BAIER: But, just by bringing up the politics, do you regret...

GIBBS: No, no, no, no, no. I don't — I will take responsibility for a lot of things, but I'm not going to take responsibility for a question that was asked of me, where somebody says, "Didn't these guys support you?"

I've got friends that work for the Fraternal Order of Police.

This was something that was asked of me; I'm simply pointing that out. It doesn't matter who they supported in the last election or who they supported 10 elections ago. That wasn't the point here. That's not what the president thought was the point here.

This was about the notion that the president had calibrated his words wrongly. The president understands and respects the job that law enforcement has to do each and every day. It's not an easy job.

But I wasn't injecting politics into that. That was — that was part of the question that was asked of me.

BAIER: Fair enough. Last thing: Friday, when the president came back out and said he needed to calibrate his words differently, how much, if any, did the news conference Friday afternoon, in which Cambridge police officers and union leaders said that the president should apologize to, quote, "all law enforcement personnel throughout the country," affect the president's decision to come out Friday afternoon?

GIBBS: He did not watch that news conference. He was working in the Oval Office throughout most of that day. I think that at that point, he understood that his words have unnecessarily contributed to the frenzy around this, that he felt it was important to reach out to the police officer, to explain what he was trying to say.

They had a very good conversation, and I think cooler heads have prevailed.

BAIER: Another topic. Today, Vice President Biden writes in an op-ed in the New York Times about the stimulus package, quote, "The act was intended to provide steady support for our economy over an extended period, not a jolt that would last only a few months."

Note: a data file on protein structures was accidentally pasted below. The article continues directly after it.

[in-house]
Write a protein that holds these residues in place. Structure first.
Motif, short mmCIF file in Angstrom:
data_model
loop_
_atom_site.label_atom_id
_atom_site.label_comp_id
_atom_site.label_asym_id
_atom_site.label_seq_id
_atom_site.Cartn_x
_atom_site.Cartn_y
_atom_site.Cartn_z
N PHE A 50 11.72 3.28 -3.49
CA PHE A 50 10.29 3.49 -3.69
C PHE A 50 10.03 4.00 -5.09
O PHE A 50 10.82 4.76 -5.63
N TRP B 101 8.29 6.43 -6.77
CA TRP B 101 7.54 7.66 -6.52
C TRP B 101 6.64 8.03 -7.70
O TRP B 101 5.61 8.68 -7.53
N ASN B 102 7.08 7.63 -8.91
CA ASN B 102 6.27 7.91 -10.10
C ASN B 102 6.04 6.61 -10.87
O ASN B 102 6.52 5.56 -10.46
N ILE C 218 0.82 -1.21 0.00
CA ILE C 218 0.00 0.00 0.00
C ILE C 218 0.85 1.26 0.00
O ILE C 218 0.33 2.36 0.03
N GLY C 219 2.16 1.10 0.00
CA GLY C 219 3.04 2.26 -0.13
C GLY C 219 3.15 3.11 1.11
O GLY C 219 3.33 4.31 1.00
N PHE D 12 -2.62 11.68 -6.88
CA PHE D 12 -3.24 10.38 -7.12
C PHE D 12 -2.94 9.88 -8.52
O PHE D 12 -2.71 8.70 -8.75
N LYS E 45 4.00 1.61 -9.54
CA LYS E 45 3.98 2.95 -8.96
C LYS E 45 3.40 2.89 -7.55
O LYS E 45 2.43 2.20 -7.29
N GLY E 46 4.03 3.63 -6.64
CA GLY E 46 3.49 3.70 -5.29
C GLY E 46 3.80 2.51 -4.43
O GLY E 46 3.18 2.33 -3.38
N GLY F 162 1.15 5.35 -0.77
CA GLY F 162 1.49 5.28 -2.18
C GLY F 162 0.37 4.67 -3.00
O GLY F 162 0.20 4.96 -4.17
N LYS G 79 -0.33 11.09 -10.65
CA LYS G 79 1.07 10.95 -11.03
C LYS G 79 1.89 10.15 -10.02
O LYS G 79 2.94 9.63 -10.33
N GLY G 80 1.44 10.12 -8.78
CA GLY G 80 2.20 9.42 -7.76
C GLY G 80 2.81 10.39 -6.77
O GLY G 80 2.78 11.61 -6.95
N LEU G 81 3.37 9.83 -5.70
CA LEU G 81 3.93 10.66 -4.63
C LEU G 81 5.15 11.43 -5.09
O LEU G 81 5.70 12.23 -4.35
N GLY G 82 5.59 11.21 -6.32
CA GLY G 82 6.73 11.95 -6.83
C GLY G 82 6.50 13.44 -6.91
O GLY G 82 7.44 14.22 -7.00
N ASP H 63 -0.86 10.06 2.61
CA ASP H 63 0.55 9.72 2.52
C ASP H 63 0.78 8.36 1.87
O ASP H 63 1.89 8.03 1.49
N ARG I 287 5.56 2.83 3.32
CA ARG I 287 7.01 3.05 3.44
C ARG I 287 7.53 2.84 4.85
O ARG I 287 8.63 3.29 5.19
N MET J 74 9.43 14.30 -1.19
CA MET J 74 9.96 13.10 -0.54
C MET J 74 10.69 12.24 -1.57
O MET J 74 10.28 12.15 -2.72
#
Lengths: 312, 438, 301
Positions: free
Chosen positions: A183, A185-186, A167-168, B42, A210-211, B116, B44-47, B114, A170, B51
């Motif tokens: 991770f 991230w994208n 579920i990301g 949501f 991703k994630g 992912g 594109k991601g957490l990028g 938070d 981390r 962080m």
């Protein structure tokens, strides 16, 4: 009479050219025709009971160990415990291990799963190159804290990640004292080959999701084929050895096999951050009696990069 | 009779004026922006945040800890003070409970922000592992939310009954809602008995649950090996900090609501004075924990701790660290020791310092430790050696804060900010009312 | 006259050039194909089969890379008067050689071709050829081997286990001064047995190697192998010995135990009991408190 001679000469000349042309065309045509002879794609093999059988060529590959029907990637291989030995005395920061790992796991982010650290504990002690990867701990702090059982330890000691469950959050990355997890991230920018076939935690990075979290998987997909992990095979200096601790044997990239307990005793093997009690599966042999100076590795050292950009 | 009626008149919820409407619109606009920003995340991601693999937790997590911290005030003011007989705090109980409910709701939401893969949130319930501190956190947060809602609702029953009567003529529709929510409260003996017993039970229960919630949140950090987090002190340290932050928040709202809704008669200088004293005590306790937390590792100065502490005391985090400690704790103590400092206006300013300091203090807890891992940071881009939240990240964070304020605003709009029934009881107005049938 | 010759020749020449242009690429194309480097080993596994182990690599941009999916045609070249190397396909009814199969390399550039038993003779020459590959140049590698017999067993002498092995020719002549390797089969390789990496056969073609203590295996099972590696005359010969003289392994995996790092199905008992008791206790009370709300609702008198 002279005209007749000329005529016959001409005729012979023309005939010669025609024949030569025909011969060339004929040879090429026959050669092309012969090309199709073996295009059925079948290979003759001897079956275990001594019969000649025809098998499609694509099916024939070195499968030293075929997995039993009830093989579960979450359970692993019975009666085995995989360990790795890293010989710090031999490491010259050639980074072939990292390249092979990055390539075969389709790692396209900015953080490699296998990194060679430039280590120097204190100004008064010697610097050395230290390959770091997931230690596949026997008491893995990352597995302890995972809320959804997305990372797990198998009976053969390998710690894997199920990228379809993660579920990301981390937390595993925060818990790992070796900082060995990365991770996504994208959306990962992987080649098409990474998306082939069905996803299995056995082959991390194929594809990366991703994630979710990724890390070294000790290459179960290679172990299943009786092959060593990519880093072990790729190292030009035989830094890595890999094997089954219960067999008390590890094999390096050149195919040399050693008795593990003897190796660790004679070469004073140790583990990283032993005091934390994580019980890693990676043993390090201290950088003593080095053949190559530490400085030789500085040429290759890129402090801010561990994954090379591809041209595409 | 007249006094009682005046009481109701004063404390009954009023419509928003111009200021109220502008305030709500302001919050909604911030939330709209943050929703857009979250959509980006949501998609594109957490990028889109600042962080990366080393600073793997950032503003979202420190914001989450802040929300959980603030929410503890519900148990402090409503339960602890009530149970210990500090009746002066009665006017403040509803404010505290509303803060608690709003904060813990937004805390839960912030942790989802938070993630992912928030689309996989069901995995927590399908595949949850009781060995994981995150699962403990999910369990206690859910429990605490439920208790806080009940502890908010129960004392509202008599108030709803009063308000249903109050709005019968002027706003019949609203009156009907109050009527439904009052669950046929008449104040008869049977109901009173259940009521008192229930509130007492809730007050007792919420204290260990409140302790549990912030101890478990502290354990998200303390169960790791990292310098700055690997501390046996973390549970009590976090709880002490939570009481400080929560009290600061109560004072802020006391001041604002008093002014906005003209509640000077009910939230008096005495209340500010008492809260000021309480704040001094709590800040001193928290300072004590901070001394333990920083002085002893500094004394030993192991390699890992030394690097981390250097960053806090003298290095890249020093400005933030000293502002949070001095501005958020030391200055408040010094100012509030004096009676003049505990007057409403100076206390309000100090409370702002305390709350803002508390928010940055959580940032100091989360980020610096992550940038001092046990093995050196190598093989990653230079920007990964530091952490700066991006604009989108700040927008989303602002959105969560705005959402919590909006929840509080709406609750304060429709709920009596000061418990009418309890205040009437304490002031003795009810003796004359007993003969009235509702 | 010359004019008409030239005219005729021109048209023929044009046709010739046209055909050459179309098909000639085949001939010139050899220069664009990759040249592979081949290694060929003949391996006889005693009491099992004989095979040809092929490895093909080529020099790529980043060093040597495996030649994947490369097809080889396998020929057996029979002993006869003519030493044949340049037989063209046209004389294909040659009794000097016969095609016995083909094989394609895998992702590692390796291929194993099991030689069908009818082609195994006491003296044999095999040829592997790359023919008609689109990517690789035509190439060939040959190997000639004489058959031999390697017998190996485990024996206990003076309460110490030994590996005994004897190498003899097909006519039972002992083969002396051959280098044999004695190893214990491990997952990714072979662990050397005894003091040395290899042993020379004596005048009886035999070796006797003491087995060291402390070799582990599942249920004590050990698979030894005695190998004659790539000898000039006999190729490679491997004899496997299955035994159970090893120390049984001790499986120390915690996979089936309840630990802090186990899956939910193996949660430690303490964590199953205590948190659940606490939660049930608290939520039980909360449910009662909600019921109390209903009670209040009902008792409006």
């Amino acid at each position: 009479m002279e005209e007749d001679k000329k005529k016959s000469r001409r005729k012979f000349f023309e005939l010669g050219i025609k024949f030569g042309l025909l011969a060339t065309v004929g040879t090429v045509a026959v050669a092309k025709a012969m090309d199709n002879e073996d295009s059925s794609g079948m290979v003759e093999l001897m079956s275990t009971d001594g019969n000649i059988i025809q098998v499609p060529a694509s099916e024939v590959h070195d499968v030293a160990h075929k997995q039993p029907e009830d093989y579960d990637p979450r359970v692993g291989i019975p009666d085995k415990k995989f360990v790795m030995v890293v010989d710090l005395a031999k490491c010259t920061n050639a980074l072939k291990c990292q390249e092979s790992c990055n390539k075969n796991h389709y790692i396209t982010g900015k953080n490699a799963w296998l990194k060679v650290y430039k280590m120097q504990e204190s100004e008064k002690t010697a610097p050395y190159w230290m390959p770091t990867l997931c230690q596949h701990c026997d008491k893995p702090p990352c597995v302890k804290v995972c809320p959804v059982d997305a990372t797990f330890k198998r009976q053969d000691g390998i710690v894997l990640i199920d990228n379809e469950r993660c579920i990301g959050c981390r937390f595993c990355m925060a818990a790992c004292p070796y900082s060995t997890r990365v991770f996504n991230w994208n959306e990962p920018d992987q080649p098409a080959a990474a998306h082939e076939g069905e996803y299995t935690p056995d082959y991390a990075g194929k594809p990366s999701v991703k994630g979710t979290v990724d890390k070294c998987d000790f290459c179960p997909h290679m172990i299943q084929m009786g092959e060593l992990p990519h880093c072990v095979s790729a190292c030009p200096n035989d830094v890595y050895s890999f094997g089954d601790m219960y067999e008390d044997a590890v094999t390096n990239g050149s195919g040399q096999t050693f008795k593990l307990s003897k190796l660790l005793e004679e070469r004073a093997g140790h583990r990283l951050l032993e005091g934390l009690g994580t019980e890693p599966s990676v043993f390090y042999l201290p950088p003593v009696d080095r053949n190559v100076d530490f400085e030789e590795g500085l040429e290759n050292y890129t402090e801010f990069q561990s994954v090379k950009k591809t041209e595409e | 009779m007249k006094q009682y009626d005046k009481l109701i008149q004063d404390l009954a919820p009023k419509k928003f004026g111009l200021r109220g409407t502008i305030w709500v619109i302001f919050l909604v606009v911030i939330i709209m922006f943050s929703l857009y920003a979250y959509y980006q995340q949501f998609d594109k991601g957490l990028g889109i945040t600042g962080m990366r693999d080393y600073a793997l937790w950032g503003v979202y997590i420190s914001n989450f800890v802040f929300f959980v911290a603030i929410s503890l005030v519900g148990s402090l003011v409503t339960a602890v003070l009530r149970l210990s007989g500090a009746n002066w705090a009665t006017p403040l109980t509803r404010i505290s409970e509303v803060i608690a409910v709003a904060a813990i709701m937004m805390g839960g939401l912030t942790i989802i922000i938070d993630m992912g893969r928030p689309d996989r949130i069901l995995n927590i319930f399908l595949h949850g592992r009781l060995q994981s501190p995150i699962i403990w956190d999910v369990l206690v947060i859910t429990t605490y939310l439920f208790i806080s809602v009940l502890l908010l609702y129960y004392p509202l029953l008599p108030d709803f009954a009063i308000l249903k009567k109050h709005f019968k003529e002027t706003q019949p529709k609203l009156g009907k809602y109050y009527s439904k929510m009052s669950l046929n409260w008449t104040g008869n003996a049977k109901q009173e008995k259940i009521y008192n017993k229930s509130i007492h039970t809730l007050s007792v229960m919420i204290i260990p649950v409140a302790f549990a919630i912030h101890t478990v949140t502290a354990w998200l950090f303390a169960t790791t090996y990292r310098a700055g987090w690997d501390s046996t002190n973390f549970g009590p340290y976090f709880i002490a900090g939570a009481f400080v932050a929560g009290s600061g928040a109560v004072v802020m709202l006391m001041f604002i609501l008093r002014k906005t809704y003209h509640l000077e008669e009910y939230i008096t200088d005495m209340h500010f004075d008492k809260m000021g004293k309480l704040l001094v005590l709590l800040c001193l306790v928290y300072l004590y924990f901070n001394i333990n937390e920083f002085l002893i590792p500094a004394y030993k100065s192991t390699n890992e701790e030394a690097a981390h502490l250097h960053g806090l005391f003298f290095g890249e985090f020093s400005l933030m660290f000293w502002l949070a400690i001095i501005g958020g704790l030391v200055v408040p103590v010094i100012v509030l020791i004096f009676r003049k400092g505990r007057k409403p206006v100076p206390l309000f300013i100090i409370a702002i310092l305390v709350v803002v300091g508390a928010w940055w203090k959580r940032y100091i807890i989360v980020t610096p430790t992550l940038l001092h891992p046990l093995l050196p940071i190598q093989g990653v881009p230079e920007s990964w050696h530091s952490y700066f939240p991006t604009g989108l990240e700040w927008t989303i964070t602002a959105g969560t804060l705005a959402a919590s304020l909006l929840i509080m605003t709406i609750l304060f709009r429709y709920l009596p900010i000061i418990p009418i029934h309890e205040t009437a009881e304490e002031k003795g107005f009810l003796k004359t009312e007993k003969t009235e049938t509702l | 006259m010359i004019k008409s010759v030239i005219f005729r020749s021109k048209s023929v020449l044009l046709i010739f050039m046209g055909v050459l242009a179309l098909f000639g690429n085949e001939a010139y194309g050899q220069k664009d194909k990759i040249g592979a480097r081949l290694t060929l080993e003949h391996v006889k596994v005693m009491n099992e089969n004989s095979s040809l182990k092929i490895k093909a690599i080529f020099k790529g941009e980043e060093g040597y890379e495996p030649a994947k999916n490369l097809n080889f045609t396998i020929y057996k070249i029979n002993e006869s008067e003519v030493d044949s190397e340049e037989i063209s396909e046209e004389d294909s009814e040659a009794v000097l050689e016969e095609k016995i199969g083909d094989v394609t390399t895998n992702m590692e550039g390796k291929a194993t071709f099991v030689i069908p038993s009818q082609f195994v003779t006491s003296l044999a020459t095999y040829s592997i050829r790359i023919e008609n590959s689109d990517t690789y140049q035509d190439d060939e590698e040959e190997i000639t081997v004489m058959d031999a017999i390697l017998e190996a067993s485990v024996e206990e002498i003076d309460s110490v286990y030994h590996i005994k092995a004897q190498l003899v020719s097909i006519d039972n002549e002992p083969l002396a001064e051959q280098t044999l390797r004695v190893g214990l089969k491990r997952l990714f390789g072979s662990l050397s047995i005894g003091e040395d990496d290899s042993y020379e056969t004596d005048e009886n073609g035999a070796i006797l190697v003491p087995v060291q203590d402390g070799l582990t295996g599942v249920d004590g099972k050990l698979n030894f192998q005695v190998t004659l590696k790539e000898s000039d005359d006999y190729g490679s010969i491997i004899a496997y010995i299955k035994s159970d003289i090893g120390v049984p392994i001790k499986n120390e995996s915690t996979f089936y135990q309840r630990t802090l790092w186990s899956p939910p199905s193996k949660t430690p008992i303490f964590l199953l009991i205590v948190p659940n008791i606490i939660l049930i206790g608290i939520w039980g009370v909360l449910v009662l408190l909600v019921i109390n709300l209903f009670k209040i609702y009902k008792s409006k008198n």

The vice president has used the term jolt before to describe the stimulus, and the president has previously described the stimulus as a jolt. He said we need a big stimulus package that would jolt the economy back into shape. His first news conference, he said the federal government is the only entity left with the resources to jolt our economy back to life. So is the administration trying to move the goal posts here about what the stimulus was intended to do?

GIBBS: I think the important part of the statement that the vice president makes in the op-ed is a jolt over only a few months. There isn't — remember, we are experiencing an economic downturn unlike anything we've seen since the Great Depression. In fact, when we came into office, that was the real discussion, were we headed for a second Great Depression? We've now pulled back from the precipice of that, in some part because of the contributions of the recovery plan.

But understand that one piece of legislation isn't going to fully get our economy back on track. What its intention was to do was to cushion that downturn not over a one- or two- or four-month period of time, but over a two-plus year period of time, by putting money into the pockets of hard-working Americans, investing in infrastructure and investment programs, and laying that foundation to create jobs for the long term.

BAIER: So the president still thinks it's working?

GIBBS: Absolutely. I think there's no doubt that the severity of the downturn would have been longer and deeper were not for the Recovery Act.

BAIER: Health care. What's the president's expectation now? We've heard Senate leaders saying they are not going to make August 7 to get a bill done. House leaders are suggesting that it might not happen next week either. What is the president's expectation?

GIBBS: Well, our expectation and the reason that we're still very optimistic about this is that we're continuing to make progress. You know, it's unique that we are at a point in this debate where about 80 percent of what we need to get — comprehensive health care reform that cuts costs for small businesses and families, makes it affordable for them — we've got about 80 percent agreement. We're still working on that last 20 percent. So we are enthusiastic about the progress that's been made.

BAIER: Does the House vote this week?

GIBBS: I don't know whether the House votes this week, Bret, but I know that even this weekend, there have been meetings at the committee level to get a proposal moving forward to get more progress.

The president's test is continued progress on this. He set a deadline in order to poke and prod Congress into moving, because as you well know, having spent any time in this now, without a little poking and prodding, not a lot gets done.